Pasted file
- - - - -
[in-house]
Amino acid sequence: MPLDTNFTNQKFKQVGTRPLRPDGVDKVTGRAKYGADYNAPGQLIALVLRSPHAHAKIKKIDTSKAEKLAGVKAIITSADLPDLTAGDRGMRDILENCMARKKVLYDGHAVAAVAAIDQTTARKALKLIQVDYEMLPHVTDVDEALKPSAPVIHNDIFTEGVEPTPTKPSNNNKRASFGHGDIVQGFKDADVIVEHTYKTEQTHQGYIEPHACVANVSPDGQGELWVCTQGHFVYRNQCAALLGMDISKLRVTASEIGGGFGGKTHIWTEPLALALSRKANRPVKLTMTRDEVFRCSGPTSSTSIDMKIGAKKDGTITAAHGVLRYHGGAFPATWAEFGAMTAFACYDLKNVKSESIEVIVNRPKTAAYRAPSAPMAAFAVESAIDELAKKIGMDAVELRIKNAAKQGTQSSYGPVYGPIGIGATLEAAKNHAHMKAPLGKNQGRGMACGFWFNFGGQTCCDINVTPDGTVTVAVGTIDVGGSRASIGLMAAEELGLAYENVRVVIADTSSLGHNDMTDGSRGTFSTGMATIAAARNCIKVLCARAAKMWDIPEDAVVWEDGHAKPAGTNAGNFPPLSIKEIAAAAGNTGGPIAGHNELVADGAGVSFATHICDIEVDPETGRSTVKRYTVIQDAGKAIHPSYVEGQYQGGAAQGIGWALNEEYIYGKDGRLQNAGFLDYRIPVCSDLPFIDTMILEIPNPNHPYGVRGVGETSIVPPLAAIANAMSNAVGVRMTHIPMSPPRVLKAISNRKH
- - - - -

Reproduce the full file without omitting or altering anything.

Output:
[in-house]
Amino acid sequence: MPLDTNFTNQKFKQVGTRPLRPDGVDKVTGRAKYGADYNAPGQLIALVLRSPHAHAKIKKIDTSKAEKLAGVKAIITSADLPDLTAGDRGMRDILENCMARKKVLYDGHAVAAVAAIDQTTARKALKLIQVDYEMLPHVTDVDEALKPSAPVIHNDIFTEGVEPTPTKPSNNNKRASFGHGDIVQGFKDADVIVEHTYKTEQTHQGYIEPHACVANVSPDGQGELWVCTQGHFVYRNQCAALLGMDISKLRVTASEIGGGFGGKTHIWTEPLALALSRKANRPVKLTMTRDEVFRCSGPTSSTSIDMKIGAKKDGTITAAHGVLRYHGGAFPATWAEFGAMTAFACYDLKNVKSESIEVIVNRPKTAAYRAPSAPMAAFAVESAIDELAKKIGMDAVELRIKNAAKQGTQSSYGPVYGPIGIGATLEAAKNHAHMKAPLGKNQGRGMACGFWFNFGGQTCCDINVTPDGTVTVAVGTIDVGGSRASIGLMAAEELGLAYENVRVVIADTSSLGHNDMTDGSRGTFSTGMATIAAARNCIKVLCARAAKMWDIPEDAVVWEDGHAKPAGTNAGNFPPLSIKEIAAAAGNTGGPIAGHNELVADGAGVSFATHICDIEVDPETGRSTVKRYTVIQDAGKAIHPSYVEGQYQGGAAQGIGWALNEEYIYGKDGRLQNAGFLDYRIPVCSDLPFIDTMILEIPNPNHPYGVRGVGETSIVPPLAAIANAMSNAVGVRMTHIPMSPPRVLKAISNRKH